Kate Garretson, (B.A., Vassar College, M. A., MPhil, Yale University, Ph.D., New York University) began her cross-cultural literacy experiences when she was 14 and lived in Vienna, Austria with her family for a year. An AFS exchange year in German-speaking Switzerland and a Junior Year Abroad in Munich, Germany, supported her major in German Language and Literature at both the undergraduate and graduate levels. She studied literature at Yale, focusing on the domestic tragedy as a genre, and then moved to New York to continue her studies in Applied Linguistics.
Professor Garretson taught ESL for many years at the International English Language Institute (IELI) at Hunter College, taught freshman composition at NYU and basic writing at CCNY. As a foreign expert working for USIA, she conducted 10 day teacher education seminars in both Israel and Morocco. Her areas of expertise include content-based language instruction in ESL classrooms, relationships between theory/practice, and teacher change, all of which were elements of her Ph.D. dissertation under the direction of John Mayher at NYU.
A member of the English Department at Kingsborough Community College since 1997, in addition to ESL and literature teaching, Kate has taken on many administrative roles: as Associate Director of the Reading and Writing Center, Academic Director of Learning Communities, and as Coordinator of Writing Across the Curriculum. In the latter capacity, she facilitates an annual faculty development seminar that has led to the certification of over 90 faculty members, helps oversee the work of 6 Writing Fellows, and engages in a variety of program development activities.
Kate’s current interests include the integration of contemplative practices in the literacy classroom, a special language awareness intervention for ESL students who speak Chinese, and, as always, all the issues connected with language and learning. She has taught a psychology link with the theme, “The Brain, Evolution and Psychology” in which students consider various topics in evolutionary psychology, and hopes never to run out of great “linking” ideas that integrate the learning of English with the mastery of academic literacies, in context.
ESL 09, 91: “Developing Fluency in Reading/Writing,” taught using content based methods.Examples of linked, theme courses:
ENG 40: Short Fiction
Teacher Education: Certification Seminar: Writing Across the Curriculum
Teacher Education: MA Program, Language and Literacy (CCNY)Courses :
New York University, New York, New York.Ph.D., 1995 in English Education, Applied LinguisticsDissertation Title: "Challenging Practices: Theoretical Constructs in Content-based Language Instruction."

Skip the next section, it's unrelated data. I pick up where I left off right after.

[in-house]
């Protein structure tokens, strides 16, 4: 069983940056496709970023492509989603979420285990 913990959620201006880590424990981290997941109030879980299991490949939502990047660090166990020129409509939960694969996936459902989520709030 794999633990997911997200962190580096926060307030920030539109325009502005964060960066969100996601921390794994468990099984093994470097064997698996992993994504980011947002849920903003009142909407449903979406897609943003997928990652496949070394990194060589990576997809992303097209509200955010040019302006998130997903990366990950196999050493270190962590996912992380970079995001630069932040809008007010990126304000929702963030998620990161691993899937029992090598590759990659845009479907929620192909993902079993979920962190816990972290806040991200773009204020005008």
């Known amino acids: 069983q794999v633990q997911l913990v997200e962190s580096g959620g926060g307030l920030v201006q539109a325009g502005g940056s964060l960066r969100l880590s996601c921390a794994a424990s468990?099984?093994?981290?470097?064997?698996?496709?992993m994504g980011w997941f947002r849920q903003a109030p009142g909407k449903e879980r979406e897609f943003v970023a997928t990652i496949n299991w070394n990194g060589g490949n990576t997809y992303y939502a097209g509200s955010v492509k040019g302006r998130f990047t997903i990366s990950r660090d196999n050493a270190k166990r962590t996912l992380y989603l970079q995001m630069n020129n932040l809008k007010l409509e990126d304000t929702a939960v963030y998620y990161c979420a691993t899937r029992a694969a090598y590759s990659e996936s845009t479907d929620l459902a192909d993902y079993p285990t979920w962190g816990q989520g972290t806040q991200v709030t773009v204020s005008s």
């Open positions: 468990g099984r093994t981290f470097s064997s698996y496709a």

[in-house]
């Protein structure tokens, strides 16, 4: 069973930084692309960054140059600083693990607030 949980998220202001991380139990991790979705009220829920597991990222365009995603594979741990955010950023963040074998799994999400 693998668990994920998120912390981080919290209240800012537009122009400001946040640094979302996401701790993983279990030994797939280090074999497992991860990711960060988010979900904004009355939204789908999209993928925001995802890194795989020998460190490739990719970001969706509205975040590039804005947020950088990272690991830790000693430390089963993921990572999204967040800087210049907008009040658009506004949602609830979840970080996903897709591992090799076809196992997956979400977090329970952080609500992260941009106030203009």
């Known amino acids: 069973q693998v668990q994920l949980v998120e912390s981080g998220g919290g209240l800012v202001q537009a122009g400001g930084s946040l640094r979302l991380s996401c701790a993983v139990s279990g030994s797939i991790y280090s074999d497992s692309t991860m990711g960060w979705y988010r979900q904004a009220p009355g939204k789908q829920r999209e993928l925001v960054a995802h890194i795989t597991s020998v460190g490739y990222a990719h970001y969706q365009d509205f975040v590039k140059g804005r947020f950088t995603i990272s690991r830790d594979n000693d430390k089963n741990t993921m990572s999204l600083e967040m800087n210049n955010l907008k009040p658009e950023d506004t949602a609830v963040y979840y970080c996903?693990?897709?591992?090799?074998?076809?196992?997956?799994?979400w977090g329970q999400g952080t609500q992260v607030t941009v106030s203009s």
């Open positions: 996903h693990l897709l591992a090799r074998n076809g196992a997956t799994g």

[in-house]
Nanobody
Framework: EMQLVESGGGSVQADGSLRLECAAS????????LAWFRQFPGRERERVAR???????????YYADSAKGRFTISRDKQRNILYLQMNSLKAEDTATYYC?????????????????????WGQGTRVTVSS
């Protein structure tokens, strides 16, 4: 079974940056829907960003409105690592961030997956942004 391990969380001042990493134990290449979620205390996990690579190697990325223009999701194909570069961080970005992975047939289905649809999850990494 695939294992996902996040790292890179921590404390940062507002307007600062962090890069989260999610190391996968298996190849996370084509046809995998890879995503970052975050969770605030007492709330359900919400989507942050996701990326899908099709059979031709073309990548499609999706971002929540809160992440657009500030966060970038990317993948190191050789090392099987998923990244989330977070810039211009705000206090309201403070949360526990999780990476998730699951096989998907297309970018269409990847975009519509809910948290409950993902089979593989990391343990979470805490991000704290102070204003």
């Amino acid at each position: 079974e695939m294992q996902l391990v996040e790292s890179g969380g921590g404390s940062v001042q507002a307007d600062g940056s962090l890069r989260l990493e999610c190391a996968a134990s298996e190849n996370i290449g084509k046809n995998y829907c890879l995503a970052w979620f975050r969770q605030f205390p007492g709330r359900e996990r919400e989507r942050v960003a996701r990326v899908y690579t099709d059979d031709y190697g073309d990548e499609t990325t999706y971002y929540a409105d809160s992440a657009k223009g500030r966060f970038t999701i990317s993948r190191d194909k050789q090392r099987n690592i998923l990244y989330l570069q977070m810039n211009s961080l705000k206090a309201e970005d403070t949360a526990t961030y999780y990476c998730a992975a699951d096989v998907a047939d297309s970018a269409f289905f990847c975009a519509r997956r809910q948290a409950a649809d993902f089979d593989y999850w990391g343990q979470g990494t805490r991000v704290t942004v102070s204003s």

Yale University, New Haven, Connecticut.M.Phil., 1977, M.A., 1975 in German Language and Literature.
Vassar College, Poughkeepsie, New York.B.A., 1972. Major: German.
Chapter in a book: “Being Allowing And Yet Directive: Mindfulness Meditation in the Teaching of Reading and Writing.” In: Contemplative Teaching and Learning, New Directions in Community College Teaching Series. Jossey Bass: Fall 2010.
Designed/Wrote Online Tutorial for Certification in Writing Across the Curriculum: WAC Blackboard Site WIKI, KCC, Winter 2010.
Wiki Course Website: “The Brain, Evolution and Psychology,” Winter 2008. http://animalslink.pbworks.com/
Writing Across the Curriculum Certification Seminar Online: Blogger Course Site. Summer 2007. http://constructingcourses.blogspot.com
Chapter in a book: "Ethnographic Dissertations: Understanding and Negotiating the Traps." Written in collaboration with Mara Casey, Neal Lerner, Carol Haviland. In: Voices and Visions: Refiguring Ethnography in Composition, edited by Cristina Kirklighter, Cloe Vincent and Joe Moxley. Heinemann, Fall 1997.
Article: "Out Interviewing in the Field: Studying the local community in a project-base language and literacy class." Literacy Harvest, publication of the Literacy Assistance Center, New York City, September, 1997.
Theoretical practice in language education; language and learning; curriculum design for active learning; contemplative practices in education.
CUNY Office of Academic Affairs grant for $21,000 for Chinese Learners of English Project.
City University of New York Faculty Development Grant,Office of Academic Affairs: $10,000 (for 3 faculty) for the integration of contemplative practices into a Philosophy/ESL/Speech linked curriculum.
University Writing-Across-the-Curriculum Summer Planning Committee,Appointed by CUNY Dean of Undergraduate Education, J. Summerfield.
Travel, art, music, literature, dance, yoga/meditation, language learning.
Fluent German, Intermediate French, Some Spanish